Happy Veteran’s Day!

Today is a day we celebrate Veterans, thus I’d dedicating this post to my literary hero, Kurt Vonnegut.

I was a sophomore in high school when I first picked up Slaughterhouse Five. I’d never read anythinImageg from Vonnegut, but I was a sixteen year old pretentious English nerd and after just finishing Steppenwolf, I was looking for other books that literary minded people were suppose to read.

What I found was so much more.  The sheer chaotic brilliance of his work is something words can’t described. It has to be experience. It has to be read. His work took me, in the first few pages, to worlds I’d never experience before. I was hooked. While my peers read Twilight or Harry Potter, I cried with him through Mother Night and tip-toed to the edge in Galapagos.

Even more amazing, though than his works, may be the life he lived.  The beauty of his writing lies in the scars he experience first hand:

Kurt Vonnegut, a US soldier,  was capture during the Battle of the Bulge, one of the bloodiest battles in America history and quickly lead off to Dresden.

Dresden, during WWII was literally, hell on earth. For two days, The U.S. and Britain firebombed the place. Fire fell from the sky, killing tens of thousands of civilians and most of the POW’s.  Kurt Vonnegut survived by luck. His captors put him and others in a detention facility, Schlachthof Funf, or Slaughterhouse Five. The underground meat locker let him survive the war.

The horrors though he witnessed are etched into every word of his books. He lets us relive the past/present/future and personally, inspired me to be a better person and author.

Happy Veteran’s day. One day I hope, we won’t need this holiday ( they say I’m a dreamer, but I’m not the only one 😉 ).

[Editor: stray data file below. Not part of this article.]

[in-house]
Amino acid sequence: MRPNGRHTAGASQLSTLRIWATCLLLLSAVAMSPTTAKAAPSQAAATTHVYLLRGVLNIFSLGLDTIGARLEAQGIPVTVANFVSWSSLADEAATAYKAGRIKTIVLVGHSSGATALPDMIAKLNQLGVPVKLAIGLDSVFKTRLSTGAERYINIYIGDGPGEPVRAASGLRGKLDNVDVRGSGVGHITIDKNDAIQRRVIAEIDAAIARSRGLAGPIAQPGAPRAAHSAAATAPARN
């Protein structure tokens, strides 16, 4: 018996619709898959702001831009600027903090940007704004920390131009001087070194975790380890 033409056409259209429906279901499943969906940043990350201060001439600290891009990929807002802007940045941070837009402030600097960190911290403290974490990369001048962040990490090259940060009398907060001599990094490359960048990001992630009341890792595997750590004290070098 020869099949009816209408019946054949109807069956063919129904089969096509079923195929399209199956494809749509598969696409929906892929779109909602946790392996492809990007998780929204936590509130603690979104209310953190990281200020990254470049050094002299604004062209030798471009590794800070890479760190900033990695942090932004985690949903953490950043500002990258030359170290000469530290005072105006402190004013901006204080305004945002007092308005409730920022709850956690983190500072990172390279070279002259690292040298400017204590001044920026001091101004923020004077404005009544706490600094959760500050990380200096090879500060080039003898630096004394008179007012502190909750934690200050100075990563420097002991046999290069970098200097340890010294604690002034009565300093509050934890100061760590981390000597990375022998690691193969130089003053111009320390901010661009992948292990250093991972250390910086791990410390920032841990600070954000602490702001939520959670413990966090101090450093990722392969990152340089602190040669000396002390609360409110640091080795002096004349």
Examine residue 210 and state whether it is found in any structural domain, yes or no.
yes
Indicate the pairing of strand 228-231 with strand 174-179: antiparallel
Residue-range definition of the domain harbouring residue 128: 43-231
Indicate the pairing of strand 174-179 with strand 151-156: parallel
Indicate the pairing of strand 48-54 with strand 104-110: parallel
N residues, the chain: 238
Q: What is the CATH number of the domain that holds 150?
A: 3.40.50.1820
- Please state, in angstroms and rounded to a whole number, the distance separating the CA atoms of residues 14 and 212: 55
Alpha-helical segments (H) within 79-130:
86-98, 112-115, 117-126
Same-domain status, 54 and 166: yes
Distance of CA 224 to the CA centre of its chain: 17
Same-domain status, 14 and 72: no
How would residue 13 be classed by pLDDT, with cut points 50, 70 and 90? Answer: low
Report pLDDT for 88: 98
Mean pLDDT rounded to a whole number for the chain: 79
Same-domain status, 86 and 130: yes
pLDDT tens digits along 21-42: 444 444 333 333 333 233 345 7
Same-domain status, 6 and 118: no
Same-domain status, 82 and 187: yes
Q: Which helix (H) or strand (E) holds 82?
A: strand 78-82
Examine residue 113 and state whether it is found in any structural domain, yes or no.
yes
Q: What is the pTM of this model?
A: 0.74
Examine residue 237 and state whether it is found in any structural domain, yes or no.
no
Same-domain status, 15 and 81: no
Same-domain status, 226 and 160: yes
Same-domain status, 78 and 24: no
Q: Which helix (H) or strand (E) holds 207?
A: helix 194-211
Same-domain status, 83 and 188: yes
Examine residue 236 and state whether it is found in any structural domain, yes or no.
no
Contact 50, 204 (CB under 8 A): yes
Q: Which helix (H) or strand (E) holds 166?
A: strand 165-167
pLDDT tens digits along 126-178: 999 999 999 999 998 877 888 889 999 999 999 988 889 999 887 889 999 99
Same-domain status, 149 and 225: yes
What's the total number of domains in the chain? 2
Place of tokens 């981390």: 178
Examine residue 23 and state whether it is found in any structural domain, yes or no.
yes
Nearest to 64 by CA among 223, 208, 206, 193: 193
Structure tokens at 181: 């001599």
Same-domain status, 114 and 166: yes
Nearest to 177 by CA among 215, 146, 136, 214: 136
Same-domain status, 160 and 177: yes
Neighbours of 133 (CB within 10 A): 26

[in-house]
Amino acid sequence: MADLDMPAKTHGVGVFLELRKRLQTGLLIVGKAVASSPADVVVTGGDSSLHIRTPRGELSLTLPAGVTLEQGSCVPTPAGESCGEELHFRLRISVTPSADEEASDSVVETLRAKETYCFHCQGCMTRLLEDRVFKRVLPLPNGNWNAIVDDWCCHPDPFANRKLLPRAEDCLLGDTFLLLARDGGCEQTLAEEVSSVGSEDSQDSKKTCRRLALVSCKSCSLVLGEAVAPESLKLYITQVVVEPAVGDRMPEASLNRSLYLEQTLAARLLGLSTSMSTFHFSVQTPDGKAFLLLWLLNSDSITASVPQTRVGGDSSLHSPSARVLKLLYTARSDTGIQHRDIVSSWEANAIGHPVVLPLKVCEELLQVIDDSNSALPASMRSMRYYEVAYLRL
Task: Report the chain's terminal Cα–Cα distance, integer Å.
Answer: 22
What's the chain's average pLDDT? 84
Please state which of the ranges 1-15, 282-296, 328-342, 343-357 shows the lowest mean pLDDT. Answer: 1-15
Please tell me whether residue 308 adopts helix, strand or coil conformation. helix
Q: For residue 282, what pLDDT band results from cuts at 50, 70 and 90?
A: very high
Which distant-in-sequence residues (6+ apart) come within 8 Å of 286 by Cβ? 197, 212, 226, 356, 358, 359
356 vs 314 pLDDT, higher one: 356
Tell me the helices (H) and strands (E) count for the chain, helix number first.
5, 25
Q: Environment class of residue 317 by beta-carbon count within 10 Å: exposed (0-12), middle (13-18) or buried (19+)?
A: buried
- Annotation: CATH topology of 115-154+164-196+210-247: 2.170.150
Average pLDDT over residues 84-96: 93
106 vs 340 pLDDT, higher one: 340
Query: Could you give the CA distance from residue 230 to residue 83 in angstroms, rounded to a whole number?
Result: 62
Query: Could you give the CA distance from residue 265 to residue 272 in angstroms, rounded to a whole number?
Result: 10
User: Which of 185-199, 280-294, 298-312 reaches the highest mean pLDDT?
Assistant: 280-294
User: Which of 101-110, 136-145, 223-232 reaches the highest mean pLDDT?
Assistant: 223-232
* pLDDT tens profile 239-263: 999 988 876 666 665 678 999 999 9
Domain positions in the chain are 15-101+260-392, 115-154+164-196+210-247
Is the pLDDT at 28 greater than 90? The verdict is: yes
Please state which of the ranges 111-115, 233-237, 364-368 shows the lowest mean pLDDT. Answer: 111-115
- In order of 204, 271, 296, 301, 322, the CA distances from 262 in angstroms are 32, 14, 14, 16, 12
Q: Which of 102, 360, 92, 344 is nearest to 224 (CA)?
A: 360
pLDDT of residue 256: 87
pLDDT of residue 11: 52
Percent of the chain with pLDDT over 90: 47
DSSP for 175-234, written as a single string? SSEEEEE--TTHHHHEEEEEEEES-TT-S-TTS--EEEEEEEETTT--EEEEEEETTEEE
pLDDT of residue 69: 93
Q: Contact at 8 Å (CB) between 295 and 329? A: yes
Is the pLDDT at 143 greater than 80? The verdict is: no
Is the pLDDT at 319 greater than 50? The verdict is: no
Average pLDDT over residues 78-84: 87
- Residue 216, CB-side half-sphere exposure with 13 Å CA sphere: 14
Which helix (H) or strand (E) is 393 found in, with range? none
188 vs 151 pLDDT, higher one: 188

17 comments on “Happy Veteran’s Day!

  1. I adore Vonnegut. He’s like a sci fi Hemingway. And I wish I could write like him. But I always find myself thinking the same things as him in the end.

    One of Vonnegut’s main themes in Slaughterhouse Five keeps reappearing in my work – luck. When reading through that book at a young age (which I didn’t fully grasp until I was older) I had my first introduction to what living nihilism looked like. He was a unitarian, but really a humanist, and in the end just wanted people to get along even if that meant them devolving. I recently reread Sirens of Titan and found the same thing. Living a life where he wouldn’t hurt anyone. The oppressive equalization of earth wasn’t the center focus, and was even something to escape from. Instead, it was living alone on Titan, with Chronos off with the birds, and he and his wife finding company with one another. To me, there’s no grand message, no right way to live (he never implies that living off the land is a good thing), just living and finding a place to live out one’s life unable to harm and isolation is better than anything else.